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I think Fairphone is well aware of libre hard- and software, but “if” they have to make a decision between libre and conflict-free/sustainable/social they will always choose the latter. And that’s a good thing.

For the FP3 they went a step further away from a libre and privacy-friendly phone to reach more of what they call “light green users”, which are users who care about the planet, but not to the extent that they would pay more for a product that is “just fairer”. Even if that means that for me personally the FP3 is not an option (until an alternative OS is out and the fingerprint sensor can be eliminated) I still think it was a good decision.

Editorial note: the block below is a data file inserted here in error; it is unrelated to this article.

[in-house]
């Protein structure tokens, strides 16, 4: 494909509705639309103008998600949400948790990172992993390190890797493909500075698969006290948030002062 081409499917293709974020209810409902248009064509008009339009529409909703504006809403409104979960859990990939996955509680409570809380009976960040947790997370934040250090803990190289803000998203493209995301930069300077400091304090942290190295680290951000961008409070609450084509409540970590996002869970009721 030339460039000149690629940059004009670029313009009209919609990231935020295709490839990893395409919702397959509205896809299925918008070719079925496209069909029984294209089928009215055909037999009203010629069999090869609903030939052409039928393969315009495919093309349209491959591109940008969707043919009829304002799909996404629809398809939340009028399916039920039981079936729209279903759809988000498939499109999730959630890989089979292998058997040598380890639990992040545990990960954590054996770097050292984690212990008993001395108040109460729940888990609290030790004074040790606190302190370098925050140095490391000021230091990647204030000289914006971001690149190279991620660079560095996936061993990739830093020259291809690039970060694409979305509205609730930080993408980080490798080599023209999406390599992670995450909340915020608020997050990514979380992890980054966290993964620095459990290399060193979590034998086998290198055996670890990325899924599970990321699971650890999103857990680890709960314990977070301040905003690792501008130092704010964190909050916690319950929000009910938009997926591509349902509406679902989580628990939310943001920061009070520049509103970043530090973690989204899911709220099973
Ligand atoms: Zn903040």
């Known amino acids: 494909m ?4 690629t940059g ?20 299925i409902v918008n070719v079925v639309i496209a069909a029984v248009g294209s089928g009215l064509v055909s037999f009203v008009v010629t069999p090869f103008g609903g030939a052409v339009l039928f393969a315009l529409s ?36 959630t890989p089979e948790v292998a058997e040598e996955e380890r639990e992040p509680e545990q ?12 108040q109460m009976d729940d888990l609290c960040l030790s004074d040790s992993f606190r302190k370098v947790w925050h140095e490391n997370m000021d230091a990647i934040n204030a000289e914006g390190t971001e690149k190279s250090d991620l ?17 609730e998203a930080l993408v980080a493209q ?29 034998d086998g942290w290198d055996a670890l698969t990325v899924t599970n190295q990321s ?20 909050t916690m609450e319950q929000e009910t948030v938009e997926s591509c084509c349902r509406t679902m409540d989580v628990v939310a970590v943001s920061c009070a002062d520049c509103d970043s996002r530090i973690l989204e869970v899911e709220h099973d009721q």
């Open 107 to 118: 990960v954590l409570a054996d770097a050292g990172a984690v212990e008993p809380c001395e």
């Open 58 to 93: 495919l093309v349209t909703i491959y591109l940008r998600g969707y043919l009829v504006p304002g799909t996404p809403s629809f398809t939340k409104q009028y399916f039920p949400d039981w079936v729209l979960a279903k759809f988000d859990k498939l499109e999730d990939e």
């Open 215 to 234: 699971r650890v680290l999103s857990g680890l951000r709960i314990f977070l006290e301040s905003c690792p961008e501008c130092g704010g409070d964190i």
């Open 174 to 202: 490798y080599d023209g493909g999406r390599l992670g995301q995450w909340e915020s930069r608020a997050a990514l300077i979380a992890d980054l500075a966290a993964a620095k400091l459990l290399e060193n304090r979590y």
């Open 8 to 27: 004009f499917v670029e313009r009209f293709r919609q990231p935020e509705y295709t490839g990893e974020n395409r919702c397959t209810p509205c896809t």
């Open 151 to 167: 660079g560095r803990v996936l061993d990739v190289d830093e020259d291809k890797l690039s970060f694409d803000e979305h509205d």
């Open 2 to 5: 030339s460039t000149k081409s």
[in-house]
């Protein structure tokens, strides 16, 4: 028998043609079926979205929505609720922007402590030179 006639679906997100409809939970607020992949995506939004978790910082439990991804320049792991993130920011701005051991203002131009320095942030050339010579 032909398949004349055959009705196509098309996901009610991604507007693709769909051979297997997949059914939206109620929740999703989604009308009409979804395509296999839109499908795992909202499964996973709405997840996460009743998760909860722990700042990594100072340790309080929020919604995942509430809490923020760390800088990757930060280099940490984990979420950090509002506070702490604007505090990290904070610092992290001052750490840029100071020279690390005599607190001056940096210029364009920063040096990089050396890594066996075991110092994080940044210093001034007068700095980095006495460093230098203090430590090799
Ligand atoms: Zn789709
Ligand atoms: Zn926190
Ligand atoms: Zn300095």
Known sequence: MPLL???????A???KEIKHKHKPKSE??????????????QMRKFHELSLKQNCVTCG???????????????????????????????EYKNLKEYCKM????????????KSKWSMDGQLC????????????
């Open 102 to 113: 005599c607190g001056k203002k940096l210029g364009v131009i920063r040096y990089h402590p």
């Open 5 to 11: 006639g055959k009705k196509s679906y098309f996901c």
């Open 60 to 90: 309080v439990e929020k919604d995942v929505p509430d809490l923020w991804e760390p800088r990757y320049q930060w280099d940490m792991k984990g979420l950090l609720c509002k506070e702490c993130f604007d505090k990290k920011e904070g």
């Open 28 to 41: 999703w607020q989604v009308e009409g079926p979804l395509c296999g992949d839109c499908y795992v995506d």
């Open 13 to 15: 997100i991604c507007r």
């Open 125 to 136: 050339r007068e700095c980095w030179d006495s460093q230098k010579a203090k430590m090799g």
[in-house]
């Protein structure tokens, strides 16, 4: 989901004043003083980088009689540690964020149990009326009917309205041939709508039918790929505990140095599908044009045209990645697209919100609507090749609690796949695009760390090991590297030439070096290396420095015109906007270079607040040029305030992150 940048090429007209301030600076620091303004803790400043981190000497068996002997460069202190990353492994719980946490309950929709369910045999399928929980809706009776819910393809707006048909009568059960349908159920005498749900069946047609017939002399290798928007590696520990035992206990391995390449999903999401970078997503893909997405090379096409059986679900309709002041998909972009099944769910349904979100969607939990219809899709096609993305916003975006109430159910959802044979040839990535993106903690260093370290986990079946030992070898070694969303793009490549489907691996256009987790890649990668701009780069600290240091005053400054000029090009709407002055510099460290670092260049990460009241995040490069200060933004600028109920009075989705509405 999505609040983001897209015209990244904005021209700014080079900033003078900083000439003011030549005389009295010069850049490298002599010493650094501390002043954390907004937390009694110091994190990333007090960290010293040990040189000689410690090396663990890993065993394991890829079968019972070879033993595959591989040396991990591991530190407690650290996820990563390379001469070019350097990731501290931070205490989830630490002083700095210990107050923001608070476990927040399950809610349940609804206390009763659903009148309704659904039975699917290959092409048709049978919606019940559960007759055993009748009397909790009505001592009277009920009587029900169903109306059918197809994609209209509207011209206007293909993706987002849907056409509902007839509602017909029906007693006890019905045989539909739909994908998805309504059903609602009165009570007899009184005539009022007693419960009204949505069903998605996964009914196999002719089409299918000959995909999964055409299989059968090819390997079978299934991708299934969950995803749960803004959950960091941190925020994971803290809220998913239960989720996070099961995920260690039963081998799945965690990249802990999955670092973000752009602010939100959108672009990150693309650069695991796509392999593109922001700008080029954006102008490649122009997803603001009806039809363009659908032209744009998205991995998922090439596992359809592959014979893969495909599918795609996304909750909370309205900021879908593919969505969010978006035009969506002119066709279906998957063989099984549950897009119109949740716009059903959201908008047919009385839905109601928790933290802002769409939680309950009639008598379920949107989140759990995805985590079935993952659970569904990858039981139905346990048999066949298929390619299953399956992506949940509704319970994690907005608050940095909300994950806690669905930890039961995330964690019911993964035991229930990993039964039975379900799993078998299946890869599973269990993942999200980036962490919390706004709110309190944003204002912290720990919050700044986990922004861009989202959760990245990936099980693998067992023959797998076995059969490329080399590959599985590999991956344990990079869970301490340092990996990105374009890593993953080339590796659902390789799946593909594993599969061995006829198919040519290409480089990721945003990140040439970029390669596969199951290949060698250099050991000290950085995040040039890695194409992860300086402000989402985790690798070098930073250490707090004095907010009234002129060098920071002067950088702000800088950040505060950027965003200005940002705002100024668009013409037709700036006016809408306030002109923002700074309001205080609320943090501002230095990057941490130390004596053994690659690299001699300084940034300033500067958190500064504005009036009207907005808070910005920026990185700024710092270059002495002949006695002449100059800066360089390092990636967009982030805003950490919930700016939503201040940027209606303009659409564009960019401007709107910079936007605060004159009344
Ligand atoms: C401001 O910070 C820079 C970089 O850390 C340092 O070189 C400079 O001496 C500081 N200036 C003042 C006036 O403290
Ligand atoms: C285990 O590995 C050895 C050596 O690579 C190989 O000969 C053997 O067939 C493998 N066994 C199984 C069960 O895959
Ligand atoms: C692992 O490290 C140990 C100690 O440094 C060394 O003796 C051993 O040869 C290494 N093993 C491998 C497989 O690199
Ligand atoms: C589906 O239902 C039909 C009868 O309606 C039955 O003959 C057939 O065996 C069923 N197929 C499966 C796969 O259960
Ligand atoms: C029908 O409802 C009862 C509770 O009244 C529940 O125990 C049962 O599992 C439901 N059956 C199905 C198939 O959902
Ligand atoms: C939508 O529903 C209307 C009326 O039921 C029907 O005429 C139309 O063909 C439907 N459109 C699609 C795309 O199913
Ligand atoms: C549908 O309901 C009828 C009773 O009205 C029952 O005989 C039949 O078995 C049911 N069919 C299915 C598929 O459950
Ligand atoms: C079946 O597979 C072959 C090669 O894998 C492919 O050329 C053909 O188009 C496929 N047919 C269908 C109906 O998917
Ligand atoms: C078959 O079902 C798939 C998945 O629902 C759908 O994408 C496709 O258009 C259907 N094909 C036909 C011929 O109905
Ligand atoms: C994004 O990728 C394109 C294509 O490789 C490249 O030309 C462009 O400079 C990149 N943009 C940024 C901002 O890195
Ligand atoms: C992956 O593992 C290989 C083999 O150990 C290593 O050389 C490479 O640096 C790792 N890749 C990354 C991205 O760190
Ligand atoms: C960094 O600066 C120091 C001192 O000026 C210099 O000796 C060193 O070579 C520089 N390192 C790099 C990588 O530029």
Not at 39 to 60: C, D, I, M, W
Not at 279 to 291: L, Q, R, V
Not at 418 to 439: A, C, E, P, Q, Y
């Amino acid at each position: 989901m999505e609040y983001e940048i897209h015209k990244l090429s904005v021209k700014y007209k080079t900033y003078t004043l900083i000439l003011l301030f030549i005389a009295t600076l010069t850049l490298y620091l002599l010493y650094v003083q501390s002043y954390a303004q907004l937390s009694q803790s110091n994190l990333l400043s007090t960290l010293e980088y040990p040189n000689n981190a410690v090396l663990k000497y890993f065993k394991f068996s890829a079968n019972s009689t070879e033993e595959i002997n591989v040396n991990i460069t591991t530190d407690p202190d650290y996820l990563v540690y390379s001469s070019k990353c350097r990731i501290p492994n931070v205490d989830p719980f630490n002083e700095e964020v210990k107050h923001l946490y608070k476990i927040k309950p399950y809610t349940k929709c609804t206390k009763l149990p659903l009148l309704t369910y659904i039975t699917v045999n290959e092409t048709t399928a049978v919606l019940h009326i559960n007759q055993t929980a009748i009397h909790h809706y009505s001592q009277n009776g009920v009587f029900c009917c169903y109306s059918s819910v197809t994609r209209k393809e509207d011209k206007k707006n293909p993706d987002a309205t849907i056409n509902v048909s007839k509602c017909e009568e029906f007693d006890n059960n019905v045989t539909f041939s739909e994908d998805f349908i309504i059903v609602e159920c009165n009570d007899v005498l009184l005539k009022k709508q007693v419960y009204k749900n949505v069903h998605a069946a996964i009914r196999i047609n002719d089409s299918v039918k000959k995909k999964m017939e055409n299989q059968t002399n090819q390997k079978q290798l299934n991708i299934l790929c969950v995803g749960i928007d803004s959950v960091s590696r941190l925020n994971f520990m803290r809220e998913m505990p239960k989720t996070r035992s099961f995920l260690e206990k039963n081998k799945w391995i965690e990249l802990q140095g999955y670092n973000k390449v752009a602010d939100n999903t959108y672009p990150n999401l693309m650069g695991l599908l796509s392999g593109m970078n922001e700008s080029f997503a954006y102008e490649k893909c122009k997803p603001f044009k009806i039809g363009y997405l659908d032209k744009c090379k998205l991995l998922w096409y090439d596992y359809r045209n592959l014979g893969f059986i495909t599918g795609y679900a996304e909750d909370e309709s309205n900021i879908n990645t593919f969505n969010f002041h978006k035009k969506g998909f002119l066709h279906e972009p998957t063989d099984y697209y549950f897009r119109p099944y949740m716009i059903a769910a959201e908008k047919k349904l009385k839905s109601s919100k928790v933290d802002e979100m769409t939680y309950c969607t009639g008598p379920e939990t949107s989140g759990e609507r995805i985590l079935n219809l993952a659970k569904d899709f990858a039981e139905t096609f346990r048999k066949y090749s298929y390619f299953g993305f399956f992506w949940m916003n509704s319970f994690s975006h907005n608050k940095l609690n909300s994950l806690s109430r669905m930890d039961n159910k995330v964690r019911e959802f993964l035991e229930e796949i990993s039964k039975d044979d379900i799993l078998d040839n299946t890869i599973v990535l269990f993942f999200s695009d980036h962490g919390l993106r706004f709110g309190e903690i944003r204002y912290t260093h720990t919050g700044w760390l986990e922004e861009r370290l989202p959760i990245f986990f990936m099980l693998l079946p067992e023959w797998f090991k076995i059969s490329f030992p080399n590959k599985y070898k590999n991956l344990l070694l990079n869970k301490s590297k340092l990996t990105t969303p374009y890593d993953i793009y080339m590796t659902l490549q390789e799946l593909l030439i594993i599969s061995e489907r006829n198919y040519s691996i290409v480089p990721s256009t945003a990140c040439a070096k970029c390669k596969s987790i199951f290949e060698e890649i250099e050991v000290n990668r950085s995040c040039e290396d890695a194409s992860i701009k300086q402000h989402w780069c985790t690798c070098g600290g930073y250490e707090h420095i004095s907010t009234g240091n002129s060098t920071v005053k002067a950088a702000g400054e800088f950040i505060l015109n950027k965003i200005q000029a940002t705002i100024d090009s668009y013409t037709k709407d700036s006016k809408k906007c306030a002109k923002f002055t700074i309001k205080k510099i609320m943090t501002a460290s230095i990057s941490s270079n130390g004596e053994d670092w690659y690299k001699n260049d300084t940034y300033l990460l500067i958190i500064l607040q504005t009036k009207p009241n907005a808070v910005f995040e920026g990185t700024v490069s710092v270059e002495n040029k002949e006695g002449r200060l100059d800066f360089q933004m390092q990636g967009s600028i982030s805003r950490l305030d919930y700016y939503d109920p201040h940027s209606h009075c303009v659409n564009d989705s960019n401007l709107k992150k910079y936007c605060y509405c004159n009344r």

I agree that ideally a future Fairphone should be 100% libre (I’d rather have it FSF approved than FCC approved), but I doubt it will be feasible for the FP4.

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Hello Paulakreuzer,
i did not see any point at my statement above that Fairphone must decide between conflict-free/sustainable/social and libre (open hardware interfaces).
What i say is, that a phone who is probably working ten years (my PC’s at home are all older the ten years and working with open source software), is better then a phone which lifetime is limited by the lifetime of the delivered OS.
And (in combination of the security and the usability of a phone) i think it is a fact that the most phones are be replaced because of old OS and not working Apps (e.g. business phones).

The develop and production of an open hardware phone has nothing to do with ethical mining and reusable/recyclable resources.

To get open source Chips (hardware) is more expensive at the moment because you are not bound to the manufacturer for building the chips (you buy the development, not the hardware).